Making sense of IRrecDump ( IRremote Library)

This is the "Dump"


Decoded NEC: 1FE40BF (32 bits)

Raw (68): 20072 9100 -4450 600 -500 650 -500 600 -550 600 -500 600 -550 600 -500 650 -500 600 -1650 600 -1650 650 -1650 600 -1650 600 -1650 600 -1650 600 -1650 600 -1650 650 -500 600 -550 600 -1650 600 -500 650 -500 600 -550 600 -500 600 -550 600 -500 650 -1600 650 -500 600 -1650 650 -1600 650 -1650 600 -1650 600 -1650 600 -1650 600

Here we have 7 "digit" hex why 7 ???? May be Zero is insignificant so 8 HEX Each is FOUR bits Leads to the mistry 32 !!!! One Up

32 bits !!!! does not relate to the number of timing elements.!!!!!! (We have 68)

68 timing elements !!! how do I convert that to Binary Then HEX.

The Eight HEX

0 0000 F 1111 E 1110 4 0100 0 0000 B 1011 F 1111

So, the timing is 68 elements, it is really should be 64 ( ON,OFF)@32

Where do I start matching Timing with Binary and HEX?????

It beats me.

All I want is to look at the timing; Convert it to Binary, then HEX to verify that the 3 properties are the same. Then use the Binary as RAW to transmit. send 32 bits

Add to the confusion... The inverting process, the not so precise timing data

The typical IR remote sends some bytes of data. The program is measuring the timing for 68 units of time. During that time, some data came in. That data is shown in the last part of the output. Most of the time, nothing came in. That's why the last parts of the data repeat the same values.

The data that was received was compared to some known standards, and the type was determined to be NEC. So, you are told that. You are told how many bits there are in the received data.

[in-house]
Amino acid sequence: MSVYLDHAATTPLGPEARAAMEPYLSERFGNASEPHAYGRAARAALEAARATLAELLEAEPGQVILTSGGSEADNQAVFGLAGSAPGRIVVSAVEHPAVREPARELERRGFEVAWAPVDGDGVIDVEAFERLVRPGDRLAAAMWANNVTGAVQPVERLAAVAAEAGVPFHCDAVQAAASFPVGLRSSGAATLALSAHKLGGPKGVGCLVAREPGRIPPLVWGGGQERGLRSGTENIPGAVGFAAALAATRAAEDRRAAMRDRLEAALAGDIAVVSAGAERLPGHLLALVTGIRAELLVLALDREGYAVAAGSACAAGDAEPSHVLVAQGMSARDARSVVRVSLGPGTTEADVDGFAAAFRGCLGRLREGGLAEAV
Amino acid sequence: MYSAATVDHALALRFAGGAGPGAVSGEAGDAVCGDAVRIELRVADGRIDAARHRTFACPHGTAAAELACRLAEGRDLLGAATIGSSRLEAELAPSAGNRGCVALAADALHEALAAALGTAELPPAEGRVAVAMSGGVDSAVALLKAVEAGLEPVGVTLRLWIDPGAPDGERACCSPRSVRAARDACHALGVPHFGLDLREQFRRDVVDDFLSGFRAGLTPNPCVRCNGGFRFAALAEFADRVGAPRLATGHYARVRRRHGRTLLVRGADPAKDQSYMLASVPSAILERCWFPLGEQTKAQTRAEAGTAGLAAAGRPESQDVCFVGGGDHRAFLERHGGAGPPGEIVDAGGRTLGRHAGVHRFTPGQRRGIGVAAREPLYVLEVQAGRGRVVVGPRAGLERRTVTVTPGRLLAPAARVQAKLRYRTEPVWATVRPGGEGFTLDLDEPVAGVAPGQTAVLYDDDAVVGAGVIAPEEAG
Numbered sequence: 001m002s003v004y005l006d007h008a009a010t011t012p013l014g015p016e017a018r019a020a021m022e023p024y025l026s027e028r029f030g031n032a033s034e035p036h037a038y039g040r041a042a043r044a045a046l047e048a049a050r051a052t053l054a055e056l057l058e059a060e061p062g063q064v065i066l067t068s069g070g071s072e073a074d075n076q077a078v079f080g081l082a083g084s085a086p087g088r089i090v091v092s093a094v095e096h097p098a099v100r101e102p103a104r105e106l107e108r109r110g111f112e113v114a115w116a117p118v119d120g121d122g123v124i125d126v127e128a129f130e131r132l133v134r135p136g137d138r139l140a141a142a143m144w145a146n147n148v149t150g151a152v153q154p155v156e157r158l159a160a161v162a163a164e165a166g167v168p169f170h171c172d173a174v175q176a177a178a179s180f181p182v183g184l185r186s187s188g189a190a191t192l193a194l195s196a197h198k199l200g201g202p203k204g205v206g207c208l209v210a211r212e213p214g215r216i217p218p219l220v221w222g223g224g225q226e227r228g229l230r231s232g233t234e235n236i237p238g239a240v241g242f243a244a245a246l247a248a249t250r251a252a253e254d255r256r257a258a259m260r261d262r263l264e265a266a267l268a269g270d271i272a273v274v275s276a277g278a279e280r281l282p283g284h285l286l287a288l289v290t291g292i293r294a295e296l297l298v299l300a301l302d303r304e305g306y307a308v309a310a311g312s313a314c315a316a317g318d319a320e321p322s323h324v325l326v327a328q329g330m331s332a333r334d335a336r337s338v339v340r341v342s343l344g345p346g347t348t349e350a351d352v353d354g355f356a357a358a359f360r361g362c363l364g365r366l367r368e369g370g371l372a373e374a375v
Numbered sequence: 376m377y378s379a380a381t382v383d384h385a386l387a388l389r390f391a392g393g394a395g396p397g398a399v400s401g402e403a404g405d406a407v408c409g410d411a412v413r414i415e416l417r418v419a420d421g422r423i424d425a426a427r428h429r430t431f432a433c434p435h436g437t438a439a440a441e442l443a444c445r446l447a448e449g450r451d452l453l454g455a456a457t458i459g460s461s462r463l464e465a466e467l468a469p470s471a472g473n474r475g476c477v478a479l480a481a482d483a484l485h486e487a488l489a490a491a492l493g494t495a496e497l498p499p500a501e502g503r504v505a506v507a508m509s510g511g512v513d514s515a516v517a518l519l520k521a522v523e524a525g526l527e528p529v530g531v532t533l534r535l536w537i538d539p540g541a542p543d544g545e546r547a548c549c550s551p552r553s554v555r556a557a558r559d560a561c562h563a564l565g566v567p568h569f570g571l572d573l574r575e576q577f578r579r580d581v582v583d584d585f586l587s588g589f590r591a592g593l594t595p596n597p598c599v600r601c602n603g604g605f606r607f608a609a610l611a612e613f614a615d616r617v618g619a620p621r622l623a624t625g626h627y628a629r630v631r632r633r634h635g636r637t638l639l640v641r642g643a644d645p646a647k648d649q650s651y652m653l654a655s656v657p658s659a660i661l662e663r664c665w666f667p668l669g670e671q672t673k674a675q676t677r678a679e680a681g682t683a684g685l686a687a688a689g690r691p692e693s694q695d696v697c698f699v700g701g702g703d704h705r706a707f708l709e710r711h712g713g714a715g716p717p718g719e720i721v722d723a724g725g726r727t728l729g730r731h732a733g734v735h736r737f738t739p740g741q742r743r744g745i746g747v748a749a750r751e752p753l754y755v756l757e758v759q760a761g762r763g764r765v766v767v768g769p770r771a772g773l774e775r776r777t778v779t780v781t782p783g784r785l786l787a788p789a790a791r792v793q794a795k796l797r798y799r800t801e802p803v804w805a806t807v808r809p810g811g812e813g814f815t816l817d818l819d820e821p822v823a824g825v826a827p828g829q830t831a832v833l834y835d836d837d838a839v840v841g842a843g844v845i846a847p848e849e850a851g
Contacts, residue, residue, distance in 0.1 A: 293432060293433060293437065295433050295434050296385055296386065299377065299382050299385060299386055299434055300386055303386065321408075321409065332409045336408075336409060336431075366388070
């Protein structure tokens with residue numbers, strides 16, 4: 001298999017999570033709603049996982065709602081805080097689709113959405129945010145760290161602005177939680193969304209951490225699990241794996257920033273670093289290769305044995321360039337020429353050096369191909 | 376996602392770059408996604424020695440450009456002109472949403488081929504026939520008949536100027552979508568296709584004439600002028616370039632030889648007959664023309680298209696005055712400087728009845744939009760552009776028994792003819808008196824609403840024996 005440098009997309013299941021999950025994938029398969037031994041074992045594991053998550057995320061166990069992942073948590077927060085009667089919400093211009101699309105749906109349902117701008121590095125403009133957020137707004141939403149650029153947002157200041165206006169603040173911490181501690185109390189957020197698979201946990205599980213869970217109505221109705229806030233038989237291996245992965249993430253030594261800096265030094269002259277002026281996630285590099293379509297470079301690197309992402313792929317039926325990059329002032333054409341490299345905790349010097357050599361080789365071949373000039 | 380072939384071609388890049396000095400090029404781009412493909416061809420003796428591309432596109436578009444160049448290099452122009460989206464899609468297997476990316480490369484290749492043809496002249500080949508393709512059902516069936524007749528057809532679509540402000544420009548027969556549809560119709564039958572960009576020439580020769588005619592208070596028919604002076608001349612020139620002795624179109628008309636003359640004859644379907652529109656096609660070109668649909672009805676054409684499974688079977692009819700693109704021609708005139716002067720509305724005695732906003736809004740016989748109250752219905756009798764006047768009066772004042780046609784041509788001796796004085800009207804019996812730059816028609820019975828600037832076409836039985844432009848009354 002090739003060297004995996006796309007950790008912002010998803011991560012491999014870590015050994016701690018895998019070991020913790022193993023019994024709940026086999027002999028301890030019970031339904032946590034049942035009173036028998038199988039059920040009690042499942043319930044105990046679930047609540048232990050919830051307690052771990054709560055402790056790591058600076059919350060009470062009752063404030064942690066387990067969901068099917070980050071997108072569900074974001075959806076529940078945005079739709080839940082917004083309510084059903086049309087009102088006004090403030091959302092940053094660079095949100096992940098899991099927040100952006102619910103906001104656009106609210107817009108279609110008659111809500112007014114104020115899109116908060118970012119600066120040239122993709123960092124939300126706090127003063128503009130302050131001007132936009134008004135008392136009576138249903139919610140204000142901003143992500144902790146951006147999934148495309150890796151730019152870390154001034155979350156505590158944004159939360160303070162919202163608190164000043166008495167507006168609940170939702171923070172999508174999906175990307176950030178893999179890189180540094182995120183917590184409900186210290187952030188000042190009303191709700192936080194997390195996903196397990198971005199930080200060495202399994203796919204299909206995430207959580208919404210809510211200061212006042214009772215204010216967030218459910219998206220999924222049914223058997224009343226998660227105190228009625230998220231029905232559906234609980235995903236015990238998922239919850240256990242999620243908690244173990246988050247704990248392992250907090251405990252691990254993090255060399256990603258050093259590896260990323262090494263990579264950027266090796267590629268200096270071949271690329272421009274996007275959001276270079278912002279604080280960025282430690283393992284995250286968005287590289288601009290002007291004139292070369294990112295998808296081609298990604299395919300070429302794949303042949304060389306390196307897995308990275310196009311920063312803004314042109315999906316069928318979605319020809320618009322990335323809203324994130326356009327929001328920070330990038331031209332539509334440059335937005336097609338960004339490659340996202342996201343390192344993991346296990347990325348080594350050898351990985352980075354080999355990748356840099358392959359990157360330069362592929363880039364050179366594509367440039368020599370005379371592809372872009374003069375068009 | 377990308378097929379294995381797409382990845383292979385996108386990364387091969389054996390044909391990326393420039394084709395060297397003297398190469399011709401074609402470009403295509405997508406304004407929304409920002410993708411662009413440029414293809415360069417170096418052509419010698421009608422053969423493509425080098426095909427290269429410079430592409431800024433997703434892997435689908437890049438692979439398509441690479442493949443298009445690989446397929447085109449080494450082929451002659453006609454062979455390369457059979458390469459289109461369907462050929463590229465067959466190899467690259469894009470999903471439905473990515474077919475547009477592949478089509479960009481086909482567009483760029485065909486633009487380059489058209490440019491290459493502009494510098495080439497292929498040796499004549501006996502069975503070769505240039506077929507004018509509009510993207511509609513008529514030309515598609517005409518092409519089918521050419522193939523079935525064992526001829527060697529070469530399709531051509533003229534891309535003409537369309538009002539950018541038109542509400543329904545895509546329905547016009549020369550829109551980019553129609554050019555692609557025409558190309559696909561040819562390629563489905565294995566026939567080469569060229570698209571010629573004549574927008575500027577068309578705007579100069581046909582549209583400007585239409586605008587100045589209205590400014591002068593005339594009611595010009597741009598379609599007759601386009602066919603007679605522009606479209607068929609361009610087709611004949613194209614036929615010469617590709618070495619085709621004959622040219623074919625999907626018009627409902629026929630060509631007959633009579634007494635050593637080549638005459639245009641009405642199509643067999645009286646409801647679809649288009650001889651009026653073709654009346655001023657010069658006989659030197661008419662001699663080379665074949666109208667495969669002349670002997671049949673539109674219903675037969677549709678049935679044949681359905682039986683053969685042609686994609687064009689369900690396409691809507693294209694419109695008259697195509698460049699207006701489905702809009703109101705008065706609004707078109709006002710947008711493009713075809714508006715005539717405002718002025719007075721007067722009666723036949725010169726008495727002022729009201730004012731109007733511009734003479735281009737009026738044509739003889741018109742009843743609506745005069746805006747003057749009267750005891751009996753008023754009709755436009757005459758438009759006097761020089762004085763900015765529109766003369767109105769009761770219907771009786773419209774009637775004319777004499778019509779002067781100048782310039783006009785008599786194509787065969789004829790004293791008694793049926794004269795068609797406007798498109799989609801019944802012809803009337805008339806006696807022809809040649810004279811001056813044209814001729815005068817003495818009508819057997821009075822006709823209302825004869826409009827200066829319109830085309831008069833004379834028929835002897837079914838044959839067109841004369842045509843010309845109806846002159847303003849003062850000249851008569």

You are correct that leading 0s are not printed.

I'm not really sure why you want to do anything with the data that you see printed. The key piece of information that you got was that the data does match a standard. The library includes methods to send and receive NEC data. Why do you not want to use those methods?

What happens when I get Unknown protocol which happens so often, that I have decided to rely on RAW data. I am building "universal" remote and I have dozens of Remotes that carry no brand.

Are you saying it is impossible to decode the timing data to a binary one that matches the HEX given ??

The leading 20072 is a bug in IRremote, which should be fixed in an upcoming release. So if you get 2 positive numbers at the start, ignore the first one.

FOR NEC IR protocol 9000 -4500 is the header mark /space a binary 1 one 560 -1690 a binary 0 is 560 -560 there are a few more consideration In the protocol. see

Note the recorded timings are always +/- 100-200 uSecs.

Dear God, ( Nothing beats DIRECT communication)

That link you mentioned, made me more confused( I bet you ; it came straight from HELL). It states 4 bytes Two for address (send twice)and two for command (send twice). Where are they in this timing stream AND the HEX

Sorry, that link provides a much better explanation than I could ;(